National Human Genome Research InstituteGenetic and Social Network Correlates of Rheumatoid Arthritis Outcomes in Hispanic Populations
High rates of disability in Hispanic populations place significant burden on families and society. Rheumatoid arthritis (RA) is more active and severe in Hispanics groups, leading to increased disability. This project aims to identify genetic risk loci relevant to RA severity and the interpersonal mechanism underlying RA-related health communication and health service use across Hispanic subpopulations. The central hypothesis is that in cohesive families with more support exchange and advice seeking, individuals tend to adopt a proactive approach to managing RA, thereby lowering their risk for having severe RA, regardless of genetic susceptibility.
This project will recruit families of Hispanic heritage in the Washington, D.C. area, with a focus on those of Salvadoran, Dominican, and Puerto Rican background. Dr. Lin and her team aim to recruit 100 households affected by RA. Genetic, family network and psychosocial data will be collected. The analysis will assess 1) how known genetic risk loci are associated with RA severity; 2) how family networks are associated with RA-related health communication and rheumatology visits, which in turn impact RA severity; and 3) how family networks are associated with RA-attributable functional limitations, depressive symptoms and anxiety.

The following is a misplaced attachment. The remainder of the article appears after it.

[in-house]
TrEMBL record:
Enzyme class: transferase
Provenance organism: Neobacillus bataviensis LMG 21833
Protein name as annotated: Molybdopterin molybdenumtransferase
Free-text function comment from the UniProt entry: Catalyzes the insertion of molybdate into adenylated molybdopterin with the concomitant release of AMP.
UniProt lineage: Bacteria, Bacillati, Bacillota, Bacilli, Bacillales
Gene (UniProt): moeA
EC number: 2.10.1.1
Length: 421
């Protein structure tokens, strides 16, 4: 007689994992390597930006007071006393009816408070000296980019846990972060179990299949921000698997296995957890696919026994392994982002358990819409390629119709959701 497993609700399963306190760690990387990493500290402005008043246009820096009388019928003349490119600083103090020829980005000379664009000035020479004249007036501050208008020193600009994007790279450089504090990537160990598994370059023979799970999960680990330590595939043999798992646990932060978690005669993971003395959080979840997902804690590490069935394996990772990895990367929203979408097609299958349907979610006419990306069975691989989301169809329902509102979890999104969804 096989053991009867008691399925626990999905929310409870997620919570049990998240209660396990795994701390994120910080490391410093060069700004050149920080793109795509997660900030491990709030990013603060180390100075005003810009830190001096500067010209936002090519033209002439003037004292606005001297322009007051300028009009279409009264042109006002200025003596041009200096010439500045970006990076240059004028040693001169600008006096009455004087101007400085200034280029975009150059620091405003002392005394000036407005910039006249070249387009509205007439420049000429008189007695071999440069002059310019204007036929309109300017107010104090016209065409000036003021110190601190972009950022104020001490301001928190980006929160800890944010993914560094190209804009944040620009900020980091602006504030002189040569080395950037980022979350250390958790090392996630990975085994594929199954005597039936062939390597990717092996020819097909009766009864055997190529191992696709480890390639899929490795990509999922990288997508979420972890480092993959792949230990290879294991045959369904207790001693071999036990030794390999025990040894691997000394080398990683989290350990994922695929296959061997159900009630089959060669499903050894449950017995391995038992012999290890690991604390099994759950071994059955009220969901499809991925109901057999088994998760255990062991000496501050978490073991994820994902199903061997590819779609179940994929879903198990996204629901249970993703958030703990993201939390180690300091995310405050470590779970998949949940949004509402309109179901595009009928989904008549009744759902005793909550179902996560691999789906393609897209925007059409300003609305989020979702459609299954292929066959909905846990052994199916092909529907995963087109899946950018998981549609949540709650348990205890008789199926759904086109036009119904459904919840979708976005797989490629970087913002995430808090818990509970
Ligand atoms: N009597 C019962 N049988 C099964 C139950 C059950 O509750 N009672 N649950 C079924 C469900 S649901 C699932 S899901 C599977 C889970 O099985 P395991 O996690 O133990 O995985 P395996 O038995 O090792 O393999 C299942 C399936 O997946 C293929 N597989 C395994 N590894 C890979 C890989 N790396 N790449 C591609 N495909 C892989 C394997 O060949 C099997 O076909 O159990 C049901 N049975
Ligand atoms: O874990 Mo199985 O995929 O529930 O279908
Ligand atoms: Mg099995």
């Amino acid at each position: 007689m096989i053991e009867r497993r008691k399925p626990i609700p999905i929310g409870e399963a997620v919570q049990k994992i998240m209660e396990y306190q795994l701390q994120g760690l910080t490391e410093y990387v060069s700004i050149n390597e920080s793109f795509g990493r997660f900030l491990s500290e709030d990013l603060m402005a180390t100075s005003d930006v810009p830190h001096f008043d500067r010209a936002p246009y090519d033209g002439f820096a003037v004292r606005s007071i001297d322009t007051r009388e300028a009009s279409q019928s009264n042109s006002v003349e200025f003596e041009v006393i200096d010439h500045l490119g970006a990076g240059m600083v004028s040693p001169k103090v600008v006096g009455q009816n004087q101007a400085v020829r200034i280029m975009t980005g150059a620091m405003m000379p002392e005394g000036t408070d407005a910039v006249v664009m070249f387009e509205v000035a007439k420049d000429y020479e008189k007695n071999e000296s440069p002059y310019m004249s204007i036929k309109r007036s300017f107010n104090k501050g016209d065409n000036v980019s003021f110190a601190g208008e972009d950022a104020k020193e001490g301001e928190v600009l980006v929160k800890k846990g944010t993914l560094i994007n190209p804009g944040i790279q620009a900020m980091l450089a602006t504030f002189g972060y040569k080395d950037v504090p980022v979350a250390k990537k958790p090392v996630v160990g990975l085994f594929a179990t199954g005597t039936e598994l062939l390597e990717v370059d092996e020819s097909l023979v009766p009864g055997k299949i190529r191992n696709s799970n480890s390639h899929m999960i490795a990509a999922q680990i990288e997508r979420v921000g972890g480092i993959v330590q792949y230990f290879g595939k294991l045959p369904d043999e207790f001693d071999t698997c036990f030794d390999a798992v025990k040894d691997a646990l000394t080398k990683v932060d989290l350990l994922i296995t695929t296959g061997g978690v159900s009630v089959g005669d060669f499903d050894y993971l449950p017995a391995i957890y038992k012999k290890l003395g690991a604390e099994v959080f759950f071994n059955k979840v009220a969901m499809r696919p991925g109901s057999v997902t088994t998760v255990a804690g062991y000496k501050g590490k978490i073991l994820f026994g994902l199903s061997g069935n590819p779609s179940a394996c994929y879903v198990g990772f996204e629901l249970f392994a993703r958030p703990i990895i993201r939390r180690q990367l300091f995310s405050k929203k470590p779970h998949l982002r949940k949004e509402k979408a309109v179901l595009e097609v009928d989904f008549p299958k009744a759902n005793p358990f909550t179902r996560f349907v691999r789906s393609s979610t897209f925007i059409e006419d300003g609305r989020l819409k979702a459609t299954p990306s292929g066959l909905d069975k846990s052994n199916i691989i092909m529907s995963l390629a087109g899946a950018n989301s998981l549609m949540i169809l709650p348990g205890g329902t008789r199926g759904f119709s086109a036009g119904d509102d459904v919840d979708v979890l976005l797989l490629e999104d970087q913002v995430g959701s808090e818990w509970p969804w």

The long-term goal of this research is to first, help identify the genetic risk loci that may be candidates for future social epigenomic study of RA in Hispanic populations, and second, aid the development of interventions that are tailored to the family’s social context to facilitate health communication and encourage health service use in Hispanic communities.